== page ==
Alabama Well Positioned In CFP Rankings

To say that the first pronouncement of the College Football Playoff Selection Committee doesn’t matter is only partially correct. True, there are many games to be played that will change the first rankings revealed from Grapevine, Texas, Tuesday night.

To get to the heart of it for Alabama fans, the Crimson Tide was ranked sixth in the first rankings. That is not important.

What may be important is trying to figure out what the committee is looking at? Ole Miss is ranked fourth, presumably because of its home game victory over Alabama. Since then the Rebels have looked, shall we say, not improved in losing to a two-loss LSU team. What is Mississippi’s second best win? Memphis? Boise State?

In short, Ole Miss is the easy target of this first ranking.

Everyone knew that Mississippi State and Florida State in some order (that is the order) would be one and two. In every other poll, Alabama is third, but in the CFP this week Auburn is third.

Oregon, with a home loss to Arizona, is fifth.

As Committee Chairman Jeff Long (Arkansas athletics director, one of five athletics director on the 12-person committee) said, the rankings will change.

The first elimination game of great consequence comes this Saturday in Oxford, where Ole Miss hosts Auburn. No matter what the outcome of that game, it helps Alabama. One of them drops back.

The one thing the committee did was give the Southeastern Conference Western Division its due with three teams in the top four and four in the top six.

Alabama gets to play two of those teams, Mississippi State and Auburn. First, though, a week from Saturday in Baton Rouge, the Crimson Tide must get past the LSU team that defeated Ole Miss. That LSU team was also beaten soundly by Mississippi State and Auburn.

If Alabama then wins out, the Tide will be fine. We think. If Bama loses one game, the rankings mean nothing because the Tide will be out.

The selection committee will prepare six more rankings this season, including the final one on Selection Day, Sunday, December 7. The top four teams in the final rankings will play in the semifinals on January 1, 2015, at the Rose Bowl and the Sugar Bowl.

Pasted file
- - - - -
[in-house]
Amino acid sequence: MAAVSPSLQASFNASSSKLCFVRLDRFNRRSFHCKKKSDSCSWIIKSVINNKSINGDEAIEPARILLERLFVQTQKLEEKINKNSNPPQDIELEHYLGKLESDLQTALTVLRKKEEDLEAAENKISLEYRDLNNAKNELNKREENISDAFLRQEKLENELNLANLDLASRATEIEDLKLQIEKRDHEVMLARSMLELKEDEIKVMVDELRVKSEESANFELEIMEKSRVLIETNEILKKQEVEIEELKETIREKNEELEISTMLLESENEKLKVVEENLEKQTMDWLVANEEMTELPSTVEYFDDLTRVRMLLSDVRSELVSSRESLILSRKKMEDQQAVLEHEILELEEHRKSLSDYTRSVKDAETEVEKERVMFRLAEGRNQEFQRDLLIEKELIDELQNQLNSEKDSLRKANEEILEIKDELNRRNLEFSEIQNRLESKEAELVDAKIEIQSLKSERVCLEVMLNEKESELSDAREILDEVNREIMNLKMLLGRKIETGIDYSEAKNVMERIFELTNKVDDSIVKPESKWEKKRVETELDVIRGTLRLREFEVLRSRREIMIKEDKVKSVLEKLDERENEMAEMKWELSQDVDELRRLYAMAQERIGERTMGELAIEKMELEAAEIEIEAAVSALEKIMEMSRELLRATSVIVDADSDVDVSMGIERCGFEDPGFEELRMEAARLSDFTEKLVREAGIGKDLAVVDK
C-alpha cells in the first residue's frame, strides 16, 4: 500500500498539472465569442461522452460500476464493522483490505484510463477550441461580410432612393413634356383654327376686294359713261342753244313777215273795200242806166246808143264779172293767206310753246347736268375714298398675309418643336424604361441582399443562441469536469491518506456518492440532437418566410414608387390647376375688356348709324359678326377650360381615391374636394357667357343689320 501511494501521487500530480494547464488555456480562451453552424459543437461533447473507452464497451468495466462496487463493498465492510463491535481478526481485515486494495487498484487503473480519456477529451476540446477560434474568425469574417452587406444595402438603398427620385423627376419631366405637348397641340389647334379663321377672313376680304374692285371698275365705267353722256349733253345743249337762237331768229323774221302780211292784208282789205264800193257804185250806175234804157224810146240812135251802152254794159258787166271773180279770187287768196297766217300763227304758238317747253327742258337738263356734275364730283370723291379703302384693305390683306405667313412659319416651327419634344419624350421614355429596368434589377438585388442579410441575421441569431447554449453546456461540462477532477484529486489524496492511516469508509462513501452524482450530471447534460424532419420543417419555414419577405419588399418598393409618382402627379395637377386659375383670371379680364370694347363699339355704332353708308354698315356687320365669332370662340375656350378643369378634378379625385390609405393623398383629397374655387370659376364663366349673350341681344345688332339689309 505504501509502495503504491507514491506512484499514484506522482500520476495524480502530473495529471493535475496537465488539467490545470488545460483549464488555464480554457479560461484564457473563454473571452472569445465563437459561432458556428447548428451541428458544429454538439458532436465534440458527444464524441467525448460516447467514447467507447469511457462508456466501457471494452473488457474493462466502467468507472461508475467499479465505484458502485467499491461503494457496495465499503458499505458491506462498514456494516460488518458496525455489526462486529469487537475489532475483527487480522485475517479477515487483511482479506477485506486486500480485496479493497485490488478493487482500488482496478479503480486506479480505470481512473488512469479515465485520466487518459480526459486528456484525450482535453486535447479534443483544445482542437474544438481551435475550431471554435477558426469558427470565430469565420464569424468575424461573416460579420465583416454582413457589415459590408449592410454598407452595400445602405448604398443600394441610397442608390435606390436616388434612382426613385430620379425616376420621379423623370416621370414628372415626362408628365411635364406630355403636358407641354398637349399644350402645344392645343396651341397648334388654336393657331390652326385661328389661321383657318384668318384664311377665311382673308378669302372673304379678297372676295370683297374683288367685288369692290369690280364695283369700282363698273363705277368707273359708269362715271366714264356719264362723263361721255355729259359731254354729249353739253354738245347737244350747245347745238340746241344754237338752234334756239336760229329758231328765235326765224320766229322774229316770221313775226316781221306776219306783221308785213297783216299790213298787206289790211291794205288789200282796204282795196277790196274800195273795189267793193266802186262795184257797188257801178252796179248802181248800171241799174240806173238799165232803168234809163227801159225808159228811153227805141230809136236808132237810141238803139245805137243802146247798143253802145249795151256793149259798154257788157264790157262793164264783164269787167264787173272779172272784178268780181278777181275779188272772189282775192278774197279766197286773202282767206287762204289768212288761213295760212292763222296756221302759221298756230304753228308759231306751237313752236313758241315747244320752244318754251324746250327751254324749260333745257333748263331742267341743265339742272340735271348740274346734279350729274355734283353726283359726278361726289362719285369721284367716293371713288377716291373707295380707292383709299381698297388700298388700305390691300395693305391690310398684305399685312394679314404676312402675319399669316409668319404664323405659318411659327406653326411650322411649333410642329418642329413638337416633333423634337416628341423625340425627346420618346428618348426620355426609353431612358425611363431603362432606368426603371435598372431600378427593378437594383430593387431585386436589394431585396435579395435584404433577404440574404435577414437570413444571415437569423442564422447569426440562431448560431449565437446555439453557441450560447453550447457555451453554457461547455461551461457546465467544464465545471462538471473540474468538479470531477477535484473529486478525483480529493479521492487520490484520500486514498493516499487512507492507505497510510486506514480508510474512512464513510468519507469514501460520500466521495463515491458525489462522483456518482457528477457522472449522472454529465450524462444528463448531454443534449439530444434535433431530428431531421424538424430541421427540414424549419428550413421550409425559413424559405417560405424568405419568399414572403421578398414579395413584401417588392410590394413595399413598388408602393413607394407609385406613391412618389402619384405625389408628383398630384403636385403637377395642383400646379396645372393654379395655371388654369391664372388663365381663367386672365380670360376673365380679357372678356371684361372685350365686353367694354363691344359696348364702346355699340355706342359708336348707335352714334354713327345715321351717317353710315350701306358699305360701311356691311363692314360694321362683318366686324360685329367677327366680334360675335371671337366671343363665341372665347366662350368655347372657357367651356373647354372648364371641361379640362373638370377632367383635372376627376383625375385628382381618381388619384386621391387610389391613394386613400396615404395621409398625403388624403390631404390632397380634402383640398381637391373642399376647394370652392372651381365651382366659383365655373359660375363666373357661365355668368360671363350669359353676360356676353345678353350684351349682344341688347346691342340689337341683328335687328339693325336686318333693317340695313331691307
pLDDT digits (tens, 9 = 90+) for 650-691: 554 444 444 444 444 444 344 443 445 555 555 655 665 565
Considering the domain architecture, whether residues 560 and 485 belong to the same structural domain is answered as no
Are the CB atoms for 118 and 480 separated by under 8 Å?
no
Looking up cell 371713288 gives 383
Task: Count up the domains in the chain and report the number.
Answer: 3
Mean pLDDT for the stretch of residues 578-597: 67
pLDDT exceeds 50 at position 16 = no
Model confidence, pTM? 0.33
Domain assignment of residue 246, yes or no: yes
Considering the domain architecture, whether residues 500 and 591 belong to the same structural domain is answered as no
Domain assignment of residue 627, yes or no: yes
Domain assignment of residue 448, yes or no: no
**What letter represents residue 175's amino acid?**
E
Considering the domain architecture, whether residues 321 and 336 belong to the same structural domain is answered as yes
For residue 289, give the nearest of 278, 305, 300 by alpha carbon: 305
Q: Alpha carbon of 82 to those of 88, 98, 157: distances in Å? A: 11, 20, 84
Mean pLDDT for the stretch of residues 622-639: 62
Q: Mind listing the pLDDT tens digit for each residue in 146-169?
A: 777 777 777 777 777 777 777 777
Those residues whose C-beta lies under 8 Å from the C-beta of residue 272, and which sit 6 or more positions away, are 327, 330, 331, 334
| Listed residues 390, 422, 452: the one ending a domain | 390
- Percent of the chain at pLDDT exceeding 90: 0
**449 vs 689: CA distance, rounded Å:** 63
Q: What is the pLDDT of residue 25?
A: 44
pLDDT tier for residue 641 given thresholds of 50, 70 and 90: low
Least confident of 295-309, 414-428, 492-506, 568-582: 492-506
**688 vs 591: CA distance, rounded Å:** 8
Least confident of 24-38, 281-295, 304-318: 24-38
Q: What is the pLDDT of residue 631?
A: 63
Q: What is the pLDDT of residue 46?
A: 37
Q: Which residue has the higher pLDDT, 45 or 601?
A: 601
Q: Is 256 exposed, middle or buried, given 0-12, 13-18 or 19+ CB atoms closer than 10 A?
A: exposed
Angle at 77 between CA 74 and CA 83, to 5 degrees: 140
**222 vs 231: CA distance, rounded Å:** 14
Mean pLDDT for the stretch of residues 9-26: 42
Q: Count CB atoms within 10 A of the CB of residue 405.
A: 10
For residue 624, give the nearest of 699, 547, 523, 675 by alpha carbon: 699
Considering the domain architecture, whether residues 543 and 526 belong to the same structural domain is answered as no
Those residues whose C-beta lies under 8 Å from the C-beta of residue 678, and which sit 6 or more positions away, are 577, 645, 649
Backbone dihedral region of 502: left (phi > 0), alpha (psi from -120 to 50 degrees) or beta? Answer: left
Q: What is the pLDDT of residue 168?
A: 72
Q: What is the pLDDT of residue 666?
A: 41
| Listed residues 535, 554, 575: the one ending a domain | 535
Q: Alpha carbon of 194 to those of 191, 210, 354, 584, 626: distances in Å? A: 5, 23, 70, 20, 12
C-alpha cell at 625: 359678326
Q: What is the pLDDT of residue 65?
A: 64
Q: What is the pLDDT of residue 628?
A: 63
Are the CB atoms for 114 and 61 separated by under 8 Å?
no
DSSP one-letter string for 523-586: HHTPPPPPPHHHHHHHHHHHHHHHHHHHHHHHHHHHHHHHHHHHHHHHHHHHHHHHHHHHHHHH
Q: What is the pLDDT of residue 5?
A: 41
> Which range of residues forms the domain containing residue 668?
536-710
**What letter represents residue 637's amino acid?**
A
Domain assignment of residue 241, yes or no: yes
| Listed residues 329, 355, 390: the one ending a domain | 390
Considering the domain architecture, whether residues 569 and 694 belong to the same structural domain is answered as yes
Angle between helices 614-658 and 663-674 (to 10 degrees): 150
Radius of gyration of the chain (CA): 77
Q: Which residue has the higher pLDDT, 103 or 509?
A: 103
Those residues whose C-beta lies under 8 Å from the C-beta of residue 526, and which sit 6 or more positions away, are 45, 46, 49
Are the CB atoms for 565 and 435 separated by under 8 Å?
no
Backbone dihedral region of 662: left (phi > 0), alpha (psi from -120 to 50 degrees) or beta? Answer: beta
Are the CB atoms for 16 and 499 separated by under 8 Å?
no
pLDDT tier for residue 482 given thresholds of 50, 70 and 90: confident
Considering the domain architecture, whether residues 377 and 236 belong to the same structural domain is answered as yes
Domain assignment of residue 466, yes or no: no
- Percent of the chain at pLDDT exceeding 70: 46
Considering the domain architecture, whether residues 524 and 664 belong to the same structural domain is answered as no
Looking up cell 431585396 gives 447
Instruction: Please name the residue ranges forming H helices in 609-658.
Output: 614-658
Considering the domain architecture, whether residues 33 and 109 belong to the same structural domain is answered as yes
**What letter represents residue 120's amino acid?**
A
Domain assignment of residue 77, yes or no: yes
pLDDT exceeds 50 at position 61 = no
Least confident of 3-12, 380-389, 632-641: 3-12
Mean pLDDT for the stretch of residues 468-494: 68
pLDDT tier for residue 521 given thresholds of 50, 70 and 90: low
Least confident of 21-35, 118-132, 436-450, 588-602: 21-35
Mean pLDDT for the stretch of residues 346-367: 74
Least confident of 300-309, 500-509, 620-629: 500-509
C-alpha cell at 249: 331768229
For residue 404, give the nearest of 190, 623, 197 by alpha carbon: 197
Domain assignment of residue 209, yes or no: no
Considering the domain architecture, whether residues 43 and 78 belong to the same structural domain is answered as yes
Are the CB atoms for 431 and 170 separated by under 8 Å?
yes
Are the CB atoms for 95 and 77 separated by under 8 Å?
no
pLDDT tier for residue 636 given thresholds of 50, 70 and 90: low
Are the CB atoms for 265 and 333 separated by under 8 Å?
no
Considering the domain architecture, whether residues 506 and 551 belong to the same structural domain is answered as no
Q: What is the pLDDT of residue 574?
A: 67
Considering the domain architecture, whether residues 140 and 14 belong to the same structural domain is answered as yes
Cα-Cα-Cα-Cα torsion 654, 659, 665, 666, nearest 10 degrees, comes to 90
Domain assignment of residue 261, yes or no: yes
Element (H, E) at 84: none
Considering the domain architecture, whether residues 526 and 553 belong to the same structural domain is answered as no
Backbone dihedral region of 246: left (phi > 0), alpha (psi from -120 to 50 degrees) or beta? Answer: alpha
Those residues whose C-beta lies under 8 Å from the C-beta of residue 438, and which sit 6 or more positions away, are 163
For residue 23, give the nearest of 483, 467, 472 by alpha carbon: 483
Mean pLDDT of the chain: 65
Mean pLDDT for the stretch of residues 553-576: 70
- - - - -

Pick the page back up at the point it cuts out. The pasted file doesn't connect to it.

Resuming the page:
Long, understandably, was more exuberant about the work of the committee than anyone else. “The College Football Playoff selection committee met for the past two days and we engaged in a lively and detailed discussion about who the best teams are in college football, as of October 26,” he said. “We debated, we reviewed facts and statistics, and we used our judgment. There are 18 one-loss teams in the FBS and the differences between many of these teams are slight. The bottom line is it’s early, it’s close and it’s going to change.”

This was the first official meeting for the selection committee, which will reconvene in person each week to review the action and issue new rankings.

Alabama Coach Nick Saban was asked about the process before the first rankings were revealed, and as every other coach in the nation said he wasn’t paying attention to it.

Saban said, “None of it matters. It only matters where you end up at the end.

“What matters to us is how we do in each and every game that we have. We have four games left to play. If we can be successful in those games, maybe there's a chance that we would play in the SEC championship game as well.

“None of it matters if we're not successful in our games. I don't even care, to be honest with you. Don't know and don't care, because it doesn't matter right now.

“It's great for fans, it's great for the media. They can have an hour show on ESPN about who got ranked and who did this and what Lou Holtz thinks and all that. But it really doesn't matter.

“Don't get me wrong, I'm happy that our team is recognized in some way of being a good team based on what they've accomplished to this point in the season. I appreciate that.

“I'm happy that we're in the conversation based on what our team has accomplished at this point but the fact of the matter is it really doesn't matter at all, because what matters is the games you play and how you play in the games and how much success that you can have in the games that you play. Just in my thought, we have three really, really good teams that we have to play in our league to finish the season that are all ranked very, very high.”

Here is the top 25 as determined by the CFP Selection Committee and revealed Oct. 28:

1. Mississippi State, 2. FSU, 3. Auburn, 4. Ole Miss, 5. Oregon, 6. Alabama, 7. TCU, 8. Michigan State, 9. Kansas State, 10. Notre Dame.

11. Georgia, 12. Arizona, 13. Baylor, 14. Arizona State, 15. Nebraska, 16. Ohio State, 17. Utah, 18. Oklahoma, 19. LSU, 20. West Virginia, 21. Clemson, 22. UCLA, 23. East Carolina, 24. Duke, 25. Louisville.

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